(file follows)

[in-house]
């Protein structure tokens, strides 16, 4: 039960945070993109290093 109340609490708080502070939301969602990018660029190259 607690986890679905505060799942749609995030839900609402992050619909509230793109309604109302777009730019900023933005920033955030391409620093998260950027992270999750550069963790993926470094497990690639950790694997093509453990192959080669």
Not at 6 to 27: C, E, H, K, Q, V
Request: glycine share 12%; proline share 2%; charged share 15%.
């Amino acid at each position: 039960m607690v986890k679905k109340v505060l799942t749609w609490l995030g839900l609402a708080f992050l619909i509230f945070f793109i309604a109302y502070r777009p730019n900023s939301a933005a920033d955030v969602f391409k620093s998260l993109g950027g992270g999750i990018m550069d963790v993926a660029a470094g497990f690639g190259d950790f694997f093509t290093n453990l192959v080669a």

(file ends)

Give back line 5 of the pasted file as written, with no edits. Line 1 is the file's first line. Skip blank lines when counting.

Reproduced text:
């Amino acid at each position: 039960m607690v986890k679905k109340v505060l799942t749609w609490l995030g839900l609402a708080f992050l619909i509230f945070f793109i309604a109302y502070r777009p730019n900023s939301a933005a920033d955030v969602f391409k620093s998260l993109g950027g992270g999750i990018m550069d963790v993926a660029a470094g497990f690639g190259d950790f694997f093509t290093n453990l192959v080669a």